A comparison of emotion-focused therapy and cognitive-behavioural therapy in the treatment of generalised anxiety disorder.

Generalised anxiety disorder (GAD) is a chronic and debilitating anxiety disorder characterised by excessive worry, anxiety, and somatic symptoms such as tiredness. It is often found alongside other disorders such as depression. Its main features are also important for our understanding of the other anxiety disorders. Alongside pharmacological treatment, Cognitive-Behavioural Therapy (CBT) is an established psychological therapy for GAD. Its effectiveness is, however, limited with only an estimated 50% of clients presenting in the nonclinical range after a course of treatment. Furthermore, not all clients prefer CBT as a psychological therapy. For these reasons there have been calls in the research literature to develop other psychological treatments for GAD. Emotion-focused therapy (EFT) is an empirically established treatment for depression, a disorder frequently found comorbid with GAD. Recently, EFT was developed for GAD and was tested in an open trial with promising results. The current research project is a feasibility testing randomised controlled study that compares the efficacy of EFT vs. CBT in the treatment of GAD. This study aims to test the feasibility of a full comparison randomised controlled trial. It will test the recruitment, adherence, and acceptability/retention rates, as well as estimates of the comparative outcomes that can inform power calculations for a definitive trial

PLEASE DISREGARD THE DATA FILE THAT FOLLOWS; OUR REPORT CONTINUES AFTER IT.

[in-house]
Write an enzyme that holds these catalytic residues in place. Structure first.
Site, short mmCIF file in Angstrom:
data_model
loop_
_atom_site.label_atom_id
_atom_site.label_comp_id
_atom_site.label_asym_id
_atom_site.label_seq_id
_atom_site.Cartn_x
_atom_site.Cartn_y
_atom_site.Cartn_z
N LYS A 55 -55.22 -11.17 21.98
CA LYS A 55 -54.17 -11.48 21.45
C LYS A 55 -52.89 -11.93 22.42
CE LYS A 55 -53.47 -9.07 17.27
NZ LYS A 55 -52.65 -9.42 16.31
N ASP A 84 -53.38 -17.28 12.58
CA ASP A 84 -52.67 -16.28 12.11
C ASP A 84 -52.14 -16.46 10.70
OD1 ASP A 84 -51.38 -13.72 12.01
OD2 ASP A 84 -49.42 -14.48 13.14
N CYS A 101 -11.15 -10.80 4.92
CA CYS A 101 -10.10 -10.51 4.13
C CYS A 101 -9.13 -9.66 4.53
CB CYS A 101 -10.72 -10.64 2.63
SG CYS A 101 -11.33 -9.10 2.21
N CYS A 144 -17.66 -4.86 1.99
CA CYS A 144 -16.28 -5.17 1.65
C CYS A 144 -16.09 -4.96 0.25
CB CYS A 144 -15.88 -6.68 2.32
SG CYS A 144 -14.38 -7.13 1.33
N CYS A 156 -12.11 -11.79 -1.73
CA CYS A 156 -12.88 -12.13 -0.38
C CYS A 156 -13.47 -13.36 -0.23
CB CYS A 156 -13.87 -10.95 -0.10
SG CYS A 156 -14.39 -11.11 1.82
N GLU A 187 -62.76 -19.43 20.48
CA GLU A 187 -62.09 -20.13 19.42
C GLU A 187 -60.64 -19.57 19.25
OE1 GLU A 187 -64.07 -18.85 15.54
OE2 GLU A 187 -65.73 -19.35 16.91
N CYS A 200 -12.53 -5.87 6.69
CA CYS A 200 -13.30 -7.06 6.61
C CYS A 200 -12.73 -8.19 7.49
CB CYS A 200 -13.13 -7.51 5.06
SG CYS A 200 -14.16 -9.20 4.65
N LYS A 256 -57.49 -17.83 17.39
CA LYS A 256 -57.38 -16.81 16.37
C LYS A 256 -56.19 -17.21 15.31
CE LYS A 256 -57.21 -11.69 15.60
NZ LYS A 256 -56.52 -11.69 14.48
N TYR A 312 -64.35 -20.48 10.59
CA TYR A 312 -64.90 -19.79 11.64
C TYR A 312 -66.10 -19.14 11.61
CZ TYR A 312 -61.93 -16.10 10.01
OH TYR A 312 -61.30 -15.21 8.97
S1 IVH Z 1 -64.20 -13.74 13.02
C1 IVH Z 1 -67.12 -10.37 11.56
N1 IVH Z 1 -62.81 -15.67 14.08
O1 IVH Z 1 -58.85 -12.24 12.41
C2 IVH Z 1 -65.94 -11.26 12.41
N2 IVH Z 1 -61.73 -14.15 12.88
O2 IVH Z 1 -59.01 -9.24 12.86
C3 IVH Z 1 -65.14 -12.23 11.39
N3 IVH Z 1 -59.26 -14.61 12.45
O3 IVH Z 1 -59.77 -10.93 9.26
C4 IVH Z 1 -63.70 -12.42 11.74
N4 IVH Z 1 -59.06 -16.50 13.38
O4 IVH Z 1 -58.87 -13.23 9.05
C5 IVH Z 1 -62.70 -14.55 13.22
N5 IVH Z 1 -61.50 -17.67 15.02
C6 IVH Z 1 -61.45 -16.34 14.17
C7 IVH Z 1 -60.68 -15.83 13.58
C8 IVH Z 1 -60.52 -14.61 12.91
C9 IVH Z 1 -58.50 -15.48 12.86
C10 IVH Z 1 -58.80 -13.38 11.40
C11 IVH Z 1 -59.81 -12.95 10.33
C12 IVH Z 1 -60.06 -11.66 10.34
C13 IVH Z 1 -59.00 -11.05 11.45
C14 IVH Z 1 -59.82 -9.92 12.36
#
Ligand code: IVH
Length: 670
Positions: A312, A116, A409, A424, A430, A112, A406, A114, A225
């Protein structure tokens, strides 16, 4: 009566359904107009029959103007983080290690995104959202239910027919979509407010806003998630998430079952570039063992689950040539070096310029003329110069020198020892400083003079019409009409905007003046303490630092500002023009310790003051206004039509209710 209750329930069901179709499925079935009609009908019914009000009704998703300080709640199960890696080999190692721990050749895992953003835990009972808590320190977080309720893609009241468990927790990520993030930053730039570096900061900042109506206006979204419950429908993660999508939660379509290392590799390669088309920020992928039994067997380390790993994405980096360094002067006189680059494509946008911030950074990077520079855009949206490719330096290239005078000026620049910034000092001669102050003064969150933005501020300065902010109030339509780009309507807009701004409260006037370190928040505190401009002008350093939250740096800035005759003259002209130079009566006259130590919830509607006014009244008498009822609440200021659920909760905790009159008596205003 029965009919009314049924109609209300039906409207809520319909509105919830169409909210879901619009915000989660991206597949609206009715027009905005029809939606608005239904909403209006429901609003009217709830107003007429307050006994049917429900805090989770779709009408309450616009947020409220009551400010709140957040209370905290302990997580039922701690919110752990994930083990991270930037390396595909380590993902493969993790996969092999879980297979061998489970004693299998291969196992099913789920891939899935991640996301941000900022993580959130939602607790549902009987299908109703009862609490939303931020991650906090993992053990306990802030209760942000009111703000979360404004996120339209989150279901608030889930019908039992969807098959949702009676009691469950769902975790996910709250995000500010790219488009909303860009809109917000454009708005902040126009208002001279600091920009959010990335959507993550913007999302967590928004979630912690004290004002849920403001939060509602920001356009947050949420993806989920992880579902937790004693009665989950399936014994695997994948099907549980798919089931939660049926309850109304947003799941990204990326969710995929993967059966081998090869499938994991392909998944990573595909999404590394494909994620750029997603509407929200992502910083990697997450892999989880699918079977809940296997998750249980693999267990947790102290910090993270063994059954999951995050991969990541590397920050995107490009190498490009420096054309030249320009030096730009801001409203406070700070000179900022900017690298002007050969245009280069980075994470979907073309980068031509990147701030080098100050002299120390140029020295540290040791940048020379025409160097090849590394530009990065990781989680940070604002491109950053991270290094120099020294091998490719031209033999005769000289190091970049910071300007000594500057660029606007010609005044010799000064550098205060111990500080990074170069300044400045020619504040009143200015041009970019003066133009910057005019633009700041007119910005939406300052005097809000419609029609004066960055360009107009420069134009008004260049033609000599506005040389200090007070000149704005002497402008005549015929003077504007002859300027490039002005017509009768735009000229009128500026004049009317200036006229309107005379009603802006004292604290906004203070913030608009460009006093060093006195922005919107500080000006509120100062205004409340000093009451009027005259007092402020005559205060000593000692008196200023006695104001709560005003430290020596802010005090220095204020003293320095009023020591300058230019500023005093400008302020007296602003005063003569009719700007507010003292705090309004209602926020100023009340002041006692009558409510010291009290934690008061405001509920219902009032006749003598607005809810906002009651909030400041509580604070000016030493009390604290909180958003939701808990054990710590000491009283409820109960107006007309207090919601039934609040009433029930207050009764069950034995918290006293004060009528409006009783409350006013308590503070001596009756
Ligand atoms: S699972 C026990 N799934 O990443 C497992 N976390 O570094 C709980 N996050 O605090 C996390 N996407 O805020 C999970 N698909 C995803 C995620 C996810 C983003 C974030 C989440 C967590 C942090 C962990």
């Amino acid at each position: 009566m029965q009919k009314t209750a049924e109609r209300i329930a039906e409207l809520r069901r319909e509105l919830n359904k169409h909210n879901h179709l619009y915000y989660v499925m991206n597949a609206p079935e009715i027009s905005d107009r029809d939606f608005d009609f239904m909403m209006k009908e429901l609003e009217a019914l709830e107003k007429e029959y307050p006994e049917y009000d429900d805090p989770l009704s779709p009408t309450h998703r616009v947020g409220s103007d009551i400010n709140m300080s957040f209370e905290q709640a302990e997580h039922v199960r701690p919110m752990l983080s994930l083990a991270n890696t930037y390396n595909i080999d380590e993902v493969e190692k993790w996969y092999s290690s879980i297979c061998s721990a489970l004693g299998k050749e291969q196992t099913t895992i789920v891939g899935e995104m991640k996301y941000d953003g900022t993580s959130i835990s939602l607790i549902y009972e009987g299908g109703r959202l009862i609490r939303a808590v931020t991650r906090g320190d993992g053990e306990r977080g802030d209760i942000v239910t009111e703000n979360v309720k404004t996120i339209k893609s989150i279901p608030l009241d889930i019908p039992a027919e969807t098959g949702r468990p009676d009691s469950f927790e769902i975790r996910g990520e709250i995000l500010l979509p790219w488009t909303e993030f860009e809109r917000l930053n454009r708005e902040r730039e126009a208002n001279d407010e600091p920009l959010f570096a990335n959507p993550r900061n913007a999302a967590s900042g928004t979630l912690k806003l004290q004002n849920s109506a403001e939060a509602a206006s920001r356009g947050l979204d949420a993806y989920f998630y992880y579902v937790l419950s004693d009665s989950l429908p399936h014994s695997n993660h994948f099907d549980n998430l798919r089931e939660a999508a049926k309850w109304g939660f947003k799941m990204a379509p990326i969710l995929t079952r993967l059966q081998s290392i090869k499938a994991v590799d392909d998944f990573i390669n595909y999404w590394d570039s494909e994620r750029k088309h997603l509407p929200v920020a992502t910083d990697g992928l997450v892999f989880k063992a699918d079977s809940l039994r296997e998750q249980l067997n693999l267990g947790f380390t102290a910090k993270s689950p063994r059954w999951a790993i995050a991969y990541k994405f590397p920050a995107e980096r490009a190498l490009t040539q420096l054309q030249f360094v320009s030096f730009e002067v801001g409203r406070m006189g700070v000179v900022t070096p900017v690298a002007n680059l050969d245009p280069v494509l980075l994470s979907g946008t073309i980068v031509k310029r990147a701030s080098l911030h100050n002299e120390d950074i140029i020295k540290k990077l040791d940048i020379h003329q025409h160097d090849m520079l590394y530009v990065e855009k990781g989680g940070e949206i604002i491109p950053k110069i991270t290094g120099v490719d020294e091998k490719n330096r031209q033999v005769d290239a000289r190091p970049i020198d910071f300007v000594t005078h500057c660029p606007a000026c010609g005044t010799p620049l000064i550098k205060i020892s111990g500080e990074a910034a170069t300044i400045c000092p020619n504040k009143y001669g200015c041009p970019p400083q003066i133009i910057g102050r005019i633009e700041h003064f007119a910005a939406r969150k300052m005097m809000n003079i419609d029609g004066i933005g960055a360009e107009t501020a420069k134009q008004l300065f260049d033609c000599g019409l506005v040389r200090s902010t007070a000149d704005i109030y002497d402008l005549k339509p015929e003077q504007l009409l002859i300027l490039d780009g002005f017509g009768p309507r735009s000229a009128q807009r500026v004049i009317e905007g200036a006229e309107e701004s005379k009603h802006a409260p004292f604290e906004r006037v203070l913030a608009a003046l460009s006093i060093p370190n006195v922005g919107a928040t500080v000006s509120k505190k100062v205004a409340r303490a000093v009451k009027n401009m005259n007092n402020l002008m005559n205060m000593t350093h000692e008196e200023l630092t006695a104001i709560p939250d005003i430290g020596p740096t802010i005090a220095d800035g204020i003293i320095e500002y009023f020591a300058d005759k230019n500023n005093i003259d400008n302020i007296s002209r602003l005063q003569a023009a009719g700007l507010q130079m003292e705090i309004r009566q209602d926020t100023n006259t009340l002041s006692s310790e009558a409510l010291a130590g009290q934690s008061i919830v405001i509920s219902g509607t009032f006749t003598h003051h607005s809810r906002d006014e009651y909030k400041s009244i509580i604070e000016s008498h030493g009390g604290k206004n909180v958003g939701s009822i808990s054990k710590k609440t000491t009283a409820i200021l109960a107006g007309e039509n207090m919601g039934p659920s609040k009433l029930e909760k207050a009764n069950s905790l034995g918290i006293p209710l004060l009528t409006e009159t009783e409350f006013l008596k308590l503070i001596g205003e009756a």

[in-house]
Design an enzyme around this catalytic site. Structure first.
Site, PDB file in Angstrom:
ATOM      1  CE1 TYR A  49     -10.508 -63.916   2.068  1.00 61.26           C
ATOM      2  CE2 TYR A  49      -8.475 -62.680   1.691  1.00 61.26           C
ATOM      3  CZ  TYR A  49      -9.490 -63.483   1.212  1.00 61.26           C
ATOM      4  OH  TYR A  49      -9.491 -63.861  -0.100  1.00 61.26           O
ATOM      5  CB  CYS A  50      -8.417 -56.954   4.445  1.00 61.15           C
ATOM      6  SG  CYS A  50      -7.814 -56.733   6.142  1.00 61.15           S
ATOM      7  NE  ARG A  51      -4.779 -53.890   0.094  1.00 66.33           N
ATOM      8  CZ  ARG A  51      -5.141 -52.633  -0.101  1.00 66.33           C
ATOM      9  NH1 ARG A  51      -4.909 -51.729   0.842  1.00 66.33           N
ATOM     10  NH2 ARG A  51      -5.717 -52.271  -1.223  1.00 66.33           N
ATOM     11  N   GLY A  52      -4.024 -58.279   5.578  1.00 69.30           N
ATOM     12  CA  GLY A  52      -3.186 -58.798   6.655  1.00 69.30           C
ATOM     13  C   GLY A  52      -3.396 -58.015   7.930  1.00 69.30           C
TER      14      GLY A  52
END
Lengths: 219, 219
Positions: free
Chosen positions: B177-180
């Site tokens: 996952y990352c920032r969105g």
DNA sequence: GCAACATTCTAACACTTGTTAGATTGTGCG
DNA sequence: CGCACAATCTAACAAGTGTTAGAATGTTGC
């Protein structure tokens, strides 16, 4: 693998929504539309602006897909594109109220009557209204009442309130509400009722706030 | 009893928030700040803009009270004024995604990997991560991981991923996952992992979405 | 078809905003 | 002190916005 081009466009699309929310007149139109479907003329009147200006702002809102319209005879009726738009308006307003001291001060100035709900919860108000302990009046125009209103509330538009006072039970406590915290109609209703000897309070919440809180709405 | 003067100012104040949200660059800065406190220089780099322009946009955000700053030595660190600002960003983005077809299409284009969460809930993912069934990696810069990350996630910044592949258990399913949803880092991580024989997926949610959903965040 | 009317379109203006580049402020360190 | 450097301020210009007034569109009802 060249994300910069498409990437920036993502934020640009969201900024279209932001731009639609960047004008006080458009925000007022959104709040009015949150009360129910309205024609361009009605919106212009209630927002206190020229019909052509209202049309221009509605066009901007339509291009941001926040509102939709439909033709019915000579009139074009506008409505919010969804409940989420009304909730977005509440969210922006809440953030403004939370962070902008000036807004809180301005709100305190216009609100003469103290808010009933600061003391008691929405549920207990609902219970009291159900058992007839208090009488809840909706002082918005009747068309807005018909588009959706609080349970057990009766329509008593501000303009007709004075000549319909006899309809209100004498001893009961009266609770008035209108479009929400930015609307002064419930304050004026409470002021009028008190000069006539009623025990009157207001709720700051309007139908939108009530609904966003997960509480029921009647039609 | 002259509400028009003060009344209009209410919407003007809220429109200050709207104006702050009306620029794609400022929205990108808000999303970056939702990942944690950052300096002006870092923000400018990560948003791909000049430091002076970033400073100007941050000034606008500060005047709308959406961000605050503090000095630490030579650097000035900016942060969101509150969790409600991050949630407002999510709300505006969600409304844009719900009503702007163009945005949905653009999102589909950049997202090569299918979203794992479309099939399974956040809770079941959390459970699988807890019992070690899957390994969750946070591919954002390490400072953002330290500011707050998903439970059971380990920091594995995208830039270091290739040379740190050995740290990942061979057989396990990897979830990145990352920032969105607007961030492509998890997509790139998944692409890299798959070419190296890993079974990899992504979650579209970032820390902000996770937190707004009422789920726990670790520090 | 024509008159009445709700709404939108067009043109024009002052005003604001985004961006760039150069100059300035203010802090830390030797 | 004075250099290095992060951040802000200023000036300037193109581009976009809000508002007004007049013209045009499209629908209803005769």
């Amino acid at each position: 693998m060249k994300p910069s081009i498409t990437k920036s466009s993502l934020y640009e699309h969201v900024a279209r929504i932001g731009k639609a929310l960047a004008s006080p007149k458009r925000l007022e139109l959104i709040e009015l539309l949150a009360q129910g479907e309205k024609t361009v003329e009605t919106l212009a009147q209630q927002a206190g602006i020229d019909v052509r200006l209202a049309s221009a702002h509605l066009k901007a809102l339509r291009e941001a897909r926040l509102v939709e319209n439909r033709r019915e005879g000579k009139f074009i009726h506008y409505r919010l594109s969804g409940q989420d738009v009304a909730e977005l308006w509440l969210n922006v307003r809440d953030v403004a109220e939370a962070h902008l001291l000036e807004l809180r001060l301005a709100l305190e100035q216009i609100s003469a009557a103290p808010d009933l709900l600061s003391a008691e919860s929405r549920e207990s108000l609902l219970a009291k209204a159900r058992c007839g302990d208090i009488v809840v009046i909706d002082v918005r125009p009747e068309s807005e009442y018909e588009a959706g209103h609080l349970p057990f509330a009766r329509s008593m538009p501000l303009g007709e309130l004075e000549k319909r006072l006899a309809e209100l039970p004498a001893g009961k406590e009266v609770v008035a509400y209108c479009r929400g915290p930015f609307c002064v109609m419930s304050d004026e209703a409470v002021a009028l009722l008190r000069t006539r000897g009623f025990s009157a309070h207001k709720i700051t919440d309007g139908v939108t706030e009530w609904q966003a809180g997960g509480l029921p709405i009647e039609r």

Award Date
20 October 2016
Award Value
Principal Investigator
Professor Ladislav Timulak
Host Institution
Trinity College Dublin
Health Research Awards